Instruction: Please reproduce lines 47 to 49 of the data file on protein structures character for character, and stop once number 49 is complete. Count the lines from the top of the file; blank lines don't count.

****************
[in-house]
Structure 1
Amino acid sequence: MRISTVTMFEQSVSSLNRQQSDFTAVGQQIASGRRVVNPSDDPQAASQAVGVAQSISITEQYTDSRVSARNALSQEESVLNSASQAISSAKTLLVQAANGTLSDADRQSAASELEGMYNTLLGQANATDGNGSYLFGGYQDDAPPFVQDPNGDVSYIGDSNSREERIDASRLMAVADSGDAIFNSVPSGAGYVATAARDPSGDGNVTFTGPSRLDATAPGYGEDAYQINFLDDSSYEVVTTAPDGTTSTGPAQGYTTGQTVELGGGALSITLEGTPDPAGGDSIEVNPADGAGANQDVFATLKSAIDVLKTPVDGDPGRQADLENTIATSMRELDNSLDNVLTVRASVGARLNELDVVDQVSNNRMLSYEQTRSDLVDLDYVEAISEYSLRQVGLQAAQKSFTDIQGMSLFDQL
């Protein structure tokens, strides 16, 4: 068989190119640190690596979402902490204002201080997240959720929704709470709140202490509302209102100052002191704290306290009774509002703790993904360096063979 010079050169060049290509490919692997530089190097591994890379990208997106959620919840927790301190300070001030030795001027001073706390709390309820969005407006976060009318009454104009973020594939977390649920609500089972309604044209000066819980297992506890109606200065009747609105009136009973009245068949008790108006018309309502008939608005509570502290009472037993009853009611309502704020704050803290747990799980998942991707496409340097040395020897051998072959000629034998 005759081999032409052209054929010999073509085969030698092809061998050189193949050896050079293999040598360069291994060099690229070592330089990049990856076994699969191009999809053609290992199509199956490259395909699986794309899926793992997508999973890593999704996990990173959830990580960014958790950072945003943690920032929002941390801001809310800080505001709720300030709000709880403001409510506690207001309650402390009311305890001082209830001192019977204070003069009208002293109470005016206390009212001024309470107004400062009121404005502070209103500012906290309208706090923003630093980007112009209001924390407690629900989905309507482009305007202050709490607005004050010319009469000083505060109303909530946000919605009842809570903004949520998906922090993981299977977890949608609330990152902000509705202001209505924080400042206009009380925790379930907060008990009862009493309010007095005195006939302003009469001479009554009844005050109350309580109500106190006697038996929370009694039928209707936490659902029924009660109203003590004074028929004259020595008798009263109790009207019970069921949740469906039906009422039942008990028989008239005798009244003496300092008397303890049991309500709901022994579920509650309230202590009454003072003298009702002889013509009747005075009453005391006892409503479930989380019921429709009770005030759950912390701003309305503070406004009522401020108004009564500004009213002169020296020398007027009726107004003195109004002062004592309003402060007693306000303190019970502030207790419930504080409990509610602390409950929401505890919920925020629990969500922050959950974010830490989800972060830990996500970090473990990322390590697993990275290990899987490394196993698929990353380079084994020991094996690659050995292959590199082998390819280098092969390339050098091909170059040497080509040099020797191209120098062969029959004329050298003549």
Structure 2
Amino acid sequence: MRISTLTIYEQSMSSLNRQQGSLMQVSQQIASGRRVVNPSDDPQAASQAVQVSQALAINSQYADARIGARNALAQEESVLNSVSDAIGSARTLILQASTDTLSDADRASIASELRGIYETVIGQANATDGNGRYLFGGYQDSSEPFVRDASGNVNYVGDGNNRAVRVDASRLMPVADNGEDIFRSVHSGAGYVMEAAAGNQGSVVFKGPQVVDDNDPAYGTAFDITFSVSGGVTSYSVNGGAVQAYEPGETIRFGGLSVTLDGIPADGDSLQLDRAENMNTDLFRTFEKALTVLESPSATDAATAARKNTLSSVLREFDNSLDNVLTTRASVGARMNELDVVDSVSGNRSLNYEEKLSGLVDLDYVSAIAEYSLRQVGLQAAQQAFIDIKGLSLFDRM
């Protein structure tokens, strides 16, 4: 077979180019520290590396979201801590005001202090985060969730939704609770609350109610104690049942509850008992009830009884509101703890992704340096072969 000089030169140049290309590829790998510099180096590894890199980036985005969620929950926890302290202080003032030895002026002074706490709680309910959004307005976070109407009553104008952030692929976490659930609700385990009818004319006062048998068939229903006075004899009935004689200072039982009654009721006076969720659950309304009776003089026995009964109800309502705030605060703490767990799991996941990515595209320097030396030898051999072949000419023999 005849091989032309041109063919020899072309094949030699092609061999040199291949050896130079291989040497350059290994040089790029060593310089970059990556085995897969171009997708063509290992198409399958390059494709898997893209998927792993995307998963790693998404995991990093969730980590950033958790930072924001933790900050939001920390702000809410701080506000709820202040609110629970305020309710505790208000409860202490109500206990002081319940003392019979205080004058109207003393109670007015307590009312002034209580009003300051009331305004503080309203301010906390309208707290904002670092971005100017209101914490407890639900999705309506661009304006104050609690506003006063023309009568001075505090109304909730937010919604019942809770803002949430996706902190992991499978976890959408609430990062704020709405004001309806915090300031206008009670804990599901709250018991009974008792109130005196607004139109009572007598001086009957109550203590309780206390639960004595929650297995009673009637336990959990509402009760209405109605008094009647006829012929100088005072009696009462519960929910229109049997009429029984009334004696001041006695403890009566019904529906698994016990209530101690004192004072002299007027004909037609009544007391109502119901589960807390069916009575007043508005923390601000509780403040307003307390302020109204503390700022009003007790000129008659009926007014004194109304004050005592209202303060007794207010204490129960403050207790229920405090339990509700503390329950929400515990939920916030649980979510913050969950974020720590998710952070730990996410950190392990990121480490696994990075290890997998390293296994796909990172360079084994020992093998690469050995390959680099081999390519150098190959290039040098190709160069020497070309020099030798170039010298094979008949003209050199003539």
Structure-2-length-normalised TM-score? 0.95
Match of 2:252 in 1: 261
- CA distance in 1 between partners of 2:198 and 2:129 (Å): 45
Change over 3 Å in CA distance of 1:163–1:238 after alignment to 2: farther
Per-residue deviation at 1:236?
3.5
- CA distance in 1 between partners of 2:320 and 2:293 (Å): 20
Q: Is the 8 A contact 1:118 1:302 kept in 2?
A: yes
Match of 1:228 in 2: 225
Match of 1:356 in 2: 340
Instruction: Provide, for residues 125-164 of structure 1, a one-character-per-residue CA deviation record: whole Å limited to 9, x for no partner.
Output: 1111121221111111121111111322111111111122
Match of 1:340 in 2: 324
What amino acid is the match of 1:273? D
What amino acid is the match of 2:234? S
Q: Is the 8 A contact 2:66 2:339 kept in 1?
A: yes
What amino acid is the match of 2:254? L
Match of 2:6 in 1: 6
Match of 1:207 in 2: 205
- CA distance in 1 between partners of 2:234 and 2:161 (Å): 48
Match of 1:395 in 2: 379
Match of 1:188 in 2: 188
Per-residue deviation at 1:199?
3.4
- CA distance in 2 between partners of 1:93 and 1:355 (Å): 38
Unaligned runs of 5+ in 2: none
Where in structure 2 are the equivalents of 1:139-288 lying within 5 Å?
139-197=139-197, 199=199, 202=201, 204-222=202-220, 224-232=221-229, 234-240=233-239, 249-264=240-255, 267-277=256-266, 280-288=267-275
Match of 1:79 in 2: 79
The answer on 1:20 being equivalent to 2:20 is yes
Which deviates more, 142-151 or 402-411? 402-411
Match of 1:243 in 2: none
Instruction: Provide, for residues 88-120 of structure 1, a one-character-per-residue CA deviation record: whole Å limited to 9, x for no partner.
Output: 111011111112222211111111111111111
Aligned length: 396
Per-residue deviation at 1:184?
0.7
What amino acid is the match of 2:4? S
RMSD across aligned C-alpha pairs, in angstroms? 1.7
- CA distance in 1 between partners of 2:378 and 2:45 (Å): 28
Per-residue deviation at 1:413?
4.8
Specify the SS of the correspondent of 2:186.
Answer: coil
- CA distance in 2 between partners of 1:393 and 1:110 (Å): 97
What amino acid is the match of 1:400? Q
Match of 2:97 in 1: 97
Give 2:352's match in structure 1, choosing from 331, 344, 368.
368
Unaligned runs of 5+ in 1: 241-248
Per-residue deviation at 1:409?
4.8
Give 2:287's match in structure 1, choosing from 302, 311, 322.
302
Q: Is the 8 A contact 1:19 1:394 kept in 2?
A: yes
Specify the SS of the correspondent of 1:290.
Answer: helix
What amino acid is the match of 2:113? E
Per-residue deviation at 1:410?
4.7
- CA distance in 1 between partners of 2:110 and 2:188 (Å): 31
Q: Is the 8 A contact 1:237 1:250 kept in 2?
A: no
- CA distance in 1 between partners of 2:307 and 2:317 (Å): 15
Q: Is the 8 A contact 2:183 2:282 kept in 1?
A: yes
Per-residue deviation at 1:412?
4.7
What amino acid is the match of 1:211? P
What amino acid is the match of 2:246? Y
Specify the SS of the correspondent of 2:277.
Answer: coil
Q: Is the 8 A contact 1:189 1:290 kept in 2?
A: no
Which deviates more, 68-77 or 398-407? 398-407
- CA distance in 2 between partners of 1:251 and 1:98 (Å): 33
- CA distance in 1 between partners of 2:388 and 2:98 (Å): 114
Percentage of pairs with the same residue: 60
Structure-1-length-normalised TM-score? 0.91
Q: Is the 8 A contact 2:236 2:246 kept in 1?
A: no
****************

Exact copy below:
What amino acid is the match of 2:4? S
RMSD across aligned C-alpha pairs, in angstroms? 1.7
- CA distance in 1 between partners of 2:378 and 2:45 (Å): 28